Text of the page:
A person's will outlines who will inherit their property upon their death and who will…
How to avoid penalties due to IRA Early Withdrawals?
Sometimes, you just need access to your IRA account to make ends meet but you have heard about an IRS penalty for early withdrawal. Are there any exceptions?
A person can make early withdrawals from their IRA without paying a penalty by utilizing covered exceptions under the tax laws. The following outlines the general rule for early withdrawal penalty and a few of the more common options for withdrawal penalty free. Please note, the following only outlines withdrawal penalties and not taxable consequences and I strongly recommend that before making an early withdrawal you should speak with a financial professional to consider the impact on your personal finances and each exceptions limits and criteria.
The General Rule: If you withdraw from your traditional IRA when you are younger than 59 ½ you are subject to a 10% early withdrawal penalty in addition to the tax implications.
The Exceptions: If you withdraw for any of the following reasons, you will avoid the 10% early withdrawal penalty:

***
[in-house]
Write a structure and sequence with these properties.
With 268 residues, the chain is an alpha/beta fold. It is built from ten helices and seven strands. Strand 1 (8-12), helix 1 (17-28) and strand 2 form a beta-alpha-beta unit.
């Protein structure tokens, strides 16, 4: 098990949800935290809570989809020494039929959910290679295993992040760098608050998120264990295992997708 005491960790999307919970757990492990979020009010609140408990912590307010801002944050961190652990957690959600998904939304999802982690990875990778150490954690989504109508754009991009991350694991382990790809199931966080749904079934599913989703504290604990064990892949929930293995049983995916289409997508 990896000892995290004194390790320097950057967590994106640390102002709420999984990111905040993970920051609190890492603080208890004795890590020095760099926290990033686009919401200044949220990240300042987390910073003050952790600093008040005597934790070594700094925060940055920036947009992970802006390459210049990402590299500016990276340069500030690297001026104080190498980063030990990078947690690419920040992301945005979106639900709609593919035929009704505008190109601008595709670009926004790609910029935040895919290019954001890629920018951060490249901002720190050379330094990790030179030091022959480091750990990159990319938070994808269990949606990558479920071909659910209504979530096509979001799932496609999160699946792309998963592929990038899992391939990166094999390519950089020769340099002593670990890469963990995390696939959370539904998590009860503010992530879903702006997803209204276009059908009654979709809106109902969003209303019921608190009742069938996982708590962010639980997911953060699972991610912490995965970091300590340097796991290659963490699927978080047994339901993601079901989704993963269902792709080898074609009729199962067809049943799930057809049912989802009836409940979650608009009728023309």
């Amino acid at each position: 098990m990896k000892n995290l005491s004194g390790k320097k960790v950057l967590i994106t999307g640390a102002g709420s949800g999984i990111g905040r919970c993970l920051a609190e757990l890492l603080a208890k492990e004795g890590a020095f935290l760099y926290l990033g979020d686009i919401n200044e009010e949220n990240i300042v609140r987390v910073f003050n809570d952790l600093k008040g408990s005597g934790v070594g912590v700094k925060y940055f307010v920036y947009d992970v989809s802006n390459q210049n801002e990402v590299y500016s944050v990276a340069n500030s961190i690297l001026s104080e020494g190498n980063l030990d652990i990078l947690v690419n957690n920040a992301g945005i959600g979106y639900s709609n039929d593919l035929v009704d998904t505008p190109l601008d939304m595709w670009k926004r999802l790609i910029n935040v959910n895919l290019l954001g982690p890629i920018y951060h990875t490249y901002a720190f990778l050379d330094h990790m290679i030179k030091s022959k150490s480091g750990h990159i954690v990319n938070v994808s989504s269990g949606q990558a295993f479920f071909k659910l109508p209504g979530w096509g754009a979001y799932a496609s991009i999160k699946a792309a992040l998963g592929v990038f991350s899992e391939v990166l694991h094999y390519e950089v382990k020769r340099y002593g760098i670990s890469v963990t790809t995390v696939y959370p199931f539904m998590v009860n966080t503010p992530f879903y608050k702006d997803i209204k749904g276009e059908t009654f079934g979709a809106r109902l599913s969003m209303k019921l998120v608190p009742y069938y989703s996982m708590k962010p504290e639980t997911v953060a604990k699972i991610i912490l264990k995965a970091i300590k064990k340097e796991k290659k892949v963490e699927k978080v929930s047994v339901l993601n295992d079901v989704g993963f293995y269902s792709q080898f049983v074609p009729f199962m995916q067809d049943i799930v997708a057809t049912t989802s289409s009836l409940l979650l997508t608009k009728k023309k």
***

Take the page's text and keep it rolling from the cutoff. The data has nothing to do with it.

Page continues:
1) Higher Education Costs: For you, your spouse or the children of you or grandchildren of your or your spouse and classified as a college, university or vocational school eligible to participate in federal student aid programs.
2) Medical Expenses: Non-reimbursed medical expenses exceeding a certain percentage of your adjusted gross income.
3) Medical Insurance Premiums: If unemployed for at least 12 weeks.
4) Set up an Annuity: Following an IRS approved distribution system based on life expectancy.
5) First Home Purchase: $10,000 for a single person or $20,000 for a couple to buy your first home.
6) Disability: Disability must prevent gainful employment.
7) Turn 59 ½: Upon attaining age 59 1/2 , may make penalty free regular withdrawals for any reason.
For more information about early withdrawals from your IRA, please contact Vincent J. Russo & Associates, P.C. at (516) 683-1717.
By Jeffrey R. Neuman, Esq., Guest Blogger
This Post Has 0 Comments